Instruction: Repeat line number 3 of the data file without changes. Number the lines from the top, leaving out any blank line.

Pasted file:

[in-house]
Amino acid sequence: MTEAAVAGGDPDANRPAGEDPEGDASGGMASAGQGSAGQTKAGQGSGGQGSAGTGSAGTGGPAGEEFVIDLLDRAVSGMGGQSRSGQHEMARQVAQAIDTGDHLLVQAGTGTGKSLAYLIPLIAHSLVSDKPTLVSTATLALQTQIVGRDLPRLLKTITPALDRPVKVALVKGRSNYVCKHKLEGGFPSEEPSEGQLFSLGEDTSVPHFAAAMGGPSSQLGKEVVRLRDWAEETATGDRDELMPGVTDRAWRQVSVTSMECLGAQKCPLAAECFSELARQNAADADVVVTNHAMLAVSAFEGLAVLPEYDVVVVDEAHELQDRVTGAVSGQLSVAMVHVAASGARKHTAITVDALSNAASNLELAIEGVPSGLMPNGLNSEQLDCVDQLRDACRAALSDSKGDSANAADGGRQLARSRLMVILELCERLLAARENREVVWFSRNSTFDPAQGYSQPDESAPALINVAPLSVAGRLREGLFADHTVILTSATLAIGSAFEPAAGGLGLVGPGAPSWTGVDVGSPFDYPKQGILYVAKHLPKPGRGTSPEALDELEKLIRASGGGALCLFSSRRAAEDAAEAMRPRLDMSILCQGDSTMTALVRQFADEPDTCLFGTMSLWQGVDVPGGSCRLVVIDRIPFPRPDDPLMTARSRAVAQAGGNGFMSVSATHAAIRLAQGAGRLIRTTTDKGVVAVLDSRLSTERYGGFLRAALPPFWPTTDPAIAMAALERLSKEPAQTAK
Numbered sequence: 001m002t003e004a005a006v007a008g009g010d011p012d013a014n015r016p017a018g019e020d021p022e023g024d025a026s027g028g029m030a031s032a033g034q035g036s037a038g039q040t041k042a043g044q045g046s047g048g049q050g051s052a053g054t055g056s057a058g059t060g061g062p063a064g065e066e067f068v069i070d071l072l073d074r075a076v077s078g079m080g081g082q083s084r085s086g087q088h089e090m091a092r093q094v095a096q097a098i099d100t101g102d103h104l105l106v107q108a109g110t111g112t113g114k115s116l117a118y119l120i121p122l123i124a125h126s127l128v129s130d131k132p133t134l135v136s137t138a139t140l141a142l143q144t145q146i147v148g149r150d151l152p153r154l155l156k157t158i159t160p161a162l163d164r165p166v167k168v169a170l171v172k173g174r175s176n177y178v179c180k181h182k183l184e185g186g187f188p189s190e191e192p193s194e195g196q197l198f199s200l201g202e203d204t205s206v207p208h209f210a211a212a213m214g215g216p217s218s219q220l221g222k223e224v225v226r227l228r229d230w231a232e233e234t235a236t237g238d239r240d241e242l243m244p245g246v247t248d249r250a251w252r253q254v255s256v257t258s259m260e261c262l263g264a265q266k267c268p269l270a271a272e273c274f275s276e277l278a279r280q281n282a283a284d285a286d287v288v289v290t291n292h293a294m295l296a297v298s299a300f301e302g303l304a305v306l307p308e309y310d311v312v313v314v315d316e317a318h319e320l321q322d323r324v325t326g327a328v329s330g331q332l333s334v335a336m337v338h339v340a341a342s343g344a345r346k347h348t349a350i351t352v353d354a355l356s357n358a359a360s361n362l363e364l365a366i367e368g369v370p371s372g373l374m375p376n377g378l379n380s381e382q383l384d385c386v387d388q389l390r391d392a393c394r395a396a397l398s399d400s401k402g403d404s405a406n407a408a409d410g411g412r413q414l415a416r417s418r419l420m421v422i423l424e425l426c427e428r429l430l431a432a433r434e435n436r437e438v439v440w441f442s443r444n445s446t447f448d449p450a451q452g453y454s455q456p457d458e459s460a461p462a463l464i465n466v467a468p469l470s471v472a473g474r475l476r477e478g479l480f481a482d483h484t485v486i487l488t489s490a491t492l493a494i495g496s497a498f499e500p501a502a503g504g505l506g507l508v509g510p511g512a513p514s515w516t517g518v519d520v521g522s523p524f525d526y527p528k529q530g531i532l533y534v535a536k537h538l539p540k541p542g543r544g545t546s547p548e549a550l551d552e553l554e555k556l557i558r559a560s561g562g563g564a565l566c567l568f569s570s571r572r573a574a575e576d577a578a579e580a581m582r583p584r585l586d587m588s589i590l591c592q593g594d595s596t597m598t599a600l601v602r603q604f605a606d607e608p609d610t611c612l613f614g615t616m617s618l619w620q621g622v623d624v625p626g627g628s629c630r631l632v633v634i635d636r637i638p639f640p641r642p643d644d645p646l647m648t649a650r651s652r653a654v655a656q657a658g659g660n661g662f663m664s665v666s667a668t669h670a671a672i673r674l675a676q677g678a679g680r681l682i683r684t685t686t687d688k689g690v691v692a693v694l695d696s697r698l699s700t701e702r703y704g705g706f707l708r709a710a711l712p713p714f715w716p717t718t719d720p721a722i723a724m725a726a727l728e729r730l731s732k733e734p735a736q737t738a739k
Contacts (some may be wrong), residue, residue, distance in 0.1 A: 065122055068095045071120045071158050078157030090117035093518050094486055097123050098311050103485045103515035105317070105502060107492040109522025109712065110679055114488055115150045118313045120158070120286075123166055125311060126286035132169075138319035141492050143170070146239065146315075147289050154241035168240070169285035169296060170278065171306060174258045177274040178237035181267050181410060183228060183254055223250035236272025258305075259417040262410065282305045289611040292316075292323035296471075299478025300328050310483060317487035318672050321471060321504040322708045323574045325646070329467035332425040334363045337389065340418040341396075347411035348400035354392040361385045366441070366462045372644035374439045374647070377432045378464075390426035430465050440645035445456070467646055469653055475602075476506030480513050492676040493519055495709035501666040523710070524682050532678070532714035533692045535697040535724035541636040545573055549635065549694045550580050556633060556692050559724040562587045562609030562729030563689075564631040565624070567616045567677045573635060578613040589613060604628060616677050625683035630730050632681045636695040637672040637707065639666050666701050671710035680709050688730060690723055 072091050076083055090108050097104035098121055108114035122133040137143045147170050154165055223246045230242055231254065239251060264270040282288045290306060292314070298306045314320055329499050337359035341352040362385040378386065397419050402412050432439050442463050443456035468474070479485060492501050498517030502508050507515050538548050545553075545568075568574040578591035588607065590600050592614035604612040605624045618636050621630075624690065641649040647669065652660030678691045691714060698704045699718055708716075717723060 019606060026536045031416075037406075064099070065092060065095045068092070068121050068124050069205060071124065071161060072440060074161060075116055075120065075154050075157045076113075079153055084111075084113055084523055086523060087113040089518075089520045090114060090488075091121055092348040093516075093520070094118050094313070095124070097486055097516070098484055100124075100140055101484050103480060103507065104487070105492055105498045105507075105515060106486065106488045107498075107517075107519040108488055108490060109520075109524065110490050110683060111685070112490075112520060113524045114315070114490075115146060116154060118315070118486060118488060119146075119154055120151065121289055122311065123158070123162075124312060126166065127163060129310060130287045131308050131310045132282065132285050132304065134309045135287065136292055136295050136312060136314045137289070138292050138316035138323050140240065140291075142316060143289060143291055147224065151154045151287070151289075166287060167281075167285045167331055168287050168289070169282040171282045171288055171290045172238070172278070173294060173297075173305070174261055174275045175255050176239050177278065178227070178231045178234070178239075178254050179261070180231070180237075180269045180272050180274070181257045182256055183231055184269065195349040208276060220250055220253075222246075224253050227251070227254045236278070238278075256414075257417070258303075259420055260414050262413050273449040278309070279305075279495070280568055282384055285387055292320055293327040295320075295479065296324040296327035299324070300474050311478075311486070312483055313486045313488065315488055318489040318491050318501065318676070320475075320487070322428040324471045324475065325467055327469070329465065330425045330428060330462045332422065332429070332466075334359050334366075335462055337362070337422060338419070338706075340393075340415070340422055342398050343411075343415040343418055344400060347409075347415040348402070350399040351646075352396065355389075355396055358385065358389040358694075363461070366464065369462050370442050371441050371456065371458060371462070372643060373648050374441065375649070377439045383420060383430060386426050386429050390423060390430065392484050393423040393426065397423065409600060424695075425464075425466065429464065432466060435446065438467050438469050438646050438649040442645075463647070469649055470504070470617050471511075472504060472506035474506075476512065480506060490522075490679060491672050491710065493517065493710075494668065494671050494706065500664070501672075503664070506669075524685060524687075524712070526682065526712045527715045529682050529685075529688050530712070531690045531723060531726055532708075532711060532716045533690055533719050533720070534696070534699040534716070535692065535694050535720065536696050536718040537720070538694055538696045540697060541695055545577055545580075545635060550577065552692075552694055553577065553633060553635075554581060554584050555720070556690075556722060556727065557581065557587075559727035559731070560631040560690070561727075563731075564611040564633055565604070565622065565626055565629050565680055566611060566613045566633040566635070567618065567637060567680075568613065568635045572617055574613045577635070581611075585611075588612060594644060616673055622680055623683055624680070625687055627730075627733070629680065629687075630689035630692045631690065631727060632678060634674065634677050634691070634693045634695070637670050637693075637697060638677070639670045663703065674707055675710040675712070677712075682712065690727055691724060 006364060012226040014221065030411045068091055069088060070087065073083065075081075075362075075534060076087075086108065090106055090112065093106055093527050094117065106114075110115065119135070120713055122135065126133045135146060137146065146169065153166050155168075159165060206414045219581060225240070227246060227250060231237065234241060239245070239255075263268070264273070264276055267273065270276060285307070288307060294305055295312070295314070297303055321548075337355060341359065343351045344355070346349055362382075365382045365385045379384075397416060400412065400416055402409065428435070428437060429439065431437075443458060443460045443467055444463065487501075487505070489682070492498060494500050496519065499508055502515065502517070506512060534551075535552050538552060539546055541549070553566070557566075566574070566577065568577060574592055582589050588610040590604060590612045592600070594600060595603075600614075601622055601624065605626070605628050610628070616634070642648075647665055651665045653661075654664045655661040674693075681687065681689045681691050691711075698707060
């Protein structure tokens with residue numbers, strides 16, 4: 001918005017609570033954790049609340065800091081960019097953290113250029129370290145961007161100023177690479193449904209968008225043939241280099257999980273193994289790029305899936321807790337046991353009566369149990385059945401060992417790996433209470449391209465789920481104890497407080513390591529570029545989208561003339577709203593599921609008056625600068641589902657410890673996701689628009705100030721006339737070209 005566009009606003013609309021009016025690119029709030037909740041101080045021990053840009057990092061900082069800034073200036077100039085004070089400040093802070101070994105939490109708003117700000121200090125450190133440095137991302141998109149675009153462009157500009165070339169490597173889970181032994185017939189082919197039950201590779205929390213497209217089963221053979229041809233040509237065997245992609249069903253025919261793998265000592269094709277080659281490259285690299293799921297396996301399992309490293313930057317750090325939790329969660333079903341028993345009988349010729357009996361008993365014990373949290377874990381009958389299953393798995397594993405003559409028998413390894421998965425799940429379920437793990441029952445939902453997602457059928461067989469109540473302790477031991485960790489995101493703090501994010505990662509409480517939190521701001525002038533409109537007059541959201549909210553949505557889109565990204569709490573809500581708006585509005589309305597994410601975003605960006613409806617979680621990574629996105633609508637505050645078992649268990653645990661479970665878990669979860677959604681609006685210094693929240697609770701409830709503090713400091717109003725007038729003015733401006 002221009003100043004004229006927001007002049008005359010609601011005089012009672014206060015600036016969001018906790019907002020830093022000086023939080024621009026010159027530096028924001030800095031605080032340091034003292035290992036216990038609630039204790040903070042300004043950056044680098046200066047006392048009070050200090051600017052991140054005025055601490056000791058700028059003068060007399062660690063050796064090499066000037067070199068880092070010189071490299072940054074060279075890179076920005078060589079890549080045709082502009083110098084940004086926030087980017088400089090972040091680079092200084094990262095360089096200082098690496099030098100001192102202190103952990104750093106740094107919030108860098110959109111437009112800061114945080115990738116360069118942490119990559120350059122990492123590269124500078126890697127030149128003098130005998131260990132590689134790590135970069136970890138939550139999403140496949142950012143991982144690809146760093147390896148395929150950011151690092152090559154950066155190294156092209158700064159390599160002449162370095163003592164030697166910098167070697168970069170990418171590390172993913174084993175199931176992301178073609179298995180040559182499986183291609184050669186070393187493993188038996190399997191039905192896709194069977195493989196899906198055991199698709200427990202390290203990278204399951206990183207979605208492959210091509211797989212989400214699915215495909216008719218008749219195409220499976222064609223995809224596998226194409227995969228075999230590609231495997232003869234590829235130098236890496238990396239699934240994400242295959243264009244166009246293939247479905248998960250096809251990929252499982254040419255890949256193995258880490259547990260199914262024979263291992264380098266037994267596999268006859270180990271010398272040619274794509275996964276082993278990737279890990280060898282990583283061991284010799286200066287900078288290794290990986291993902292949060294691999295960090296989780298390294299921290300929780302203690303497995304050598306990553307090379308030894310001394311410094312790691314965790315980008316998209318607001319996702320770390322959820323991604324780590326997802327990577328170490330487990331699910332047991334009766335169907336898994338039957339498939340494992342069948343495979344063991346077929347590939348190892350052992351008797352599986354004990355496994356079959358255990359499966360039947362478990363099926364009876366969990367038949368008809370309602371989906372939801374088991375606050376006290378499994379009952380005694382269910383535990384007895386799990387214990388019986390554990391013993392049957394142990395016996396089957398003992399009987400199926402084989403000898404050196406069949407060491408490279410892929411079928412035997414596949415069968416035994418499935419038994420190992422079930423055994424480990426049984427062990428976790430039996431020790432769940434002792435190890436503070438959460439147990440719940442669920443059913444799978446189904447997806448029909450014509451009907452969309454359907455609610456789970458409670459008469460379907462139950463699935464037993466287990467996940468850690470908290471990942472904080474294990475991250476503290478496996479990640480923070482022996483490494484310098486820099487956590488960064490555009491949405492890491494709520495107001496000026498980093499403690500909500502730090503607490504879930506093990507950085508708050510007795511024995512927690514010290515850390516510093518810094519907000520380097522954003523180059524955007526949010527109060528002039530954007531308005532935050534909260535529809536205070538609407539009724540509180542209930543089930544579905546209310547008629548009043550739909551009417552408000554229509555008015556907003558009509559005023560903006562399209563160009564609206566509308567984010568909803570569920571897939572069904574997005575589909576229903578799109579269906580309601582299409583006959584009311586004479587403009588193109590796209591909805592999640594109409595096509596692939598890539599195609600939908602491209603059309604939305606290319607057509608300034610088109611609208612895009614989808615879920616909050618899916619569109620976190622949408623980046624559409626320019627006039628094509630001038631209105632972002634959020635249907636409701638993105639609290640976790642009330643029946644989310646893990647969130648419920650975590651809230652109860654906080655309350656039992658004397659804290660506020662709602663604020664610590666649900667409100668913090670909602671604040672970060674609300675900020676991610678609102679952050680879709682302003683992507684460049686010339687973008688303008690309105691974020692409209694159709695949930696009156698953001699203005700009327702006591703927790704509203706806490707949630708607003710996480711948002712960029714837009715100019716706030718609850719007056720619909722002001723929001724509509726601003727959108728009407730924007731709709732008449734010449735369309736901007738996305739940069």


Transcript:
Numbered sequence: 001m002t003e004a005a006v007a008g009g010d011p012d013a014n015r016p017a018g019e020d021p022e023g024d025a026s027g028g029m030a031s032a033g034q035g036s037a038g039q040t041k042a043g044q045g046s047g048g049q050g051s052a053g054t055g056s057a058g059t060g061g062p063a064g065e066e067f068v069i070d071l072l073d074r075a076v077s078g079m080g081g082q083s084r085s086g087q088h089e090m091a092r093q094v095a096q097a098i099d100t101g102d103h104l105l106v107q108a109g110t111g112t113g114k115s116l117a118y119l120i121p122l123i124a125h126s127l128v129s130d131k132p133t134l135v136s137t138a139t140l141a142l143q144t145q146i147v148g149r150d151l152p153r154l155l156k157t158i159t160p161a162l163d164r165p166v167k168v169a170l171v172k173g174r175s176n177y178v179c180k181h182k183l184e185g186g187f188p189s190e191e192p193s194e195g196q197l198f199s200l201g202e203d204t205s206v207p208h209f210a211a212a213m214g215g216p217s218s219q220l221g222k223e224v225v226r227l228r229d230w231a232e233e234t235a236t237g238d239r240d241e242l243m244p245g246v247t248d249r250a251w252r253q254v255s256v257t258s259m260e261c262l263g264a265q266k267c268p269l270a271a272e273c274f275s276e277l278a279r280q281n282a283a284d285a286d287v288v289v290t291n292h293a294m295l296a297v298s299a300f301e302g303l304a305v306l307p308e309y310d311v312v313v314v315d316e317a318h319e320l321q322d323r324v325t326g327a328v329s330g331q332l333s334v335a336m337v338h339v340a341a342s343g344a345r346k347h348t349a350i351t352v353d354a355l356s357n358a359a360s361n362l363e364l365a366i367e368g369v370p371s372g373l374m375p376n377g378l379n380s381e382q383l384d385c386v387d388q389l390r391d392a393c394r395a396a397l398s399d400s401k402g403d404s405a406n407a408a409d410g411g412r413q414l415a416r417s418r419l420m421v422i423l424e425l426c427e428r429l430l431a432a433r434e435n436r437e438v439v440w441f442s443r444n445s446t447f448d449p450a451q452g453y454s455q456p457d458e459s460a461p462a463l464i465n466v467a468p469l470s471v472a473g474r475l476r477e478g479l480f481a482d483h484t485v486i487l488t489s490a491t492l493a494i495g496s497a498f499e500p501a502a503g504g505l506g507l508v509g510p511g512a513p514s515w516t517g518v519d520v521g522s523p524f525d526y527p528k529q530g531i532l533y534v535a536k537h538l539p540k541p542g543r544g545t546s547p548e549a550l551d552e553l554e555k556l557i558r559a560s561g562g563g564a565l566c567l568f569s570s571r572r573a574a575e576d577a578a579e580a581m582r583p584r585l586d587m588s589i590l591c592q593g594d595s596t597m598t599a600l601v602r603q604f605a606d607e608p609d610t611c612l613f614g615t616m617s618l619w620q621g622v623d624v625p626g627g628s629c630r631l632v633v634i635d636r637i638p639f640p641r642p643d644d645p646l647m648t649a650r651s652r653a654v655a656q657a658g659g660n661g662f663m664s665v666s667a668t669h670a671a672i673r674l675a676q677g678a679g680r681l682i683r684t685t686t687d688k689g690v691v692a693v694l695d696s697r698l699s700t701e702r703y704g705g706f707l708r709a710a711l712p713p714f715w716p717t718t719d720p721a722i723a724m725a726a727l728e729r730l731s732k733e734p735a736q737t738a739k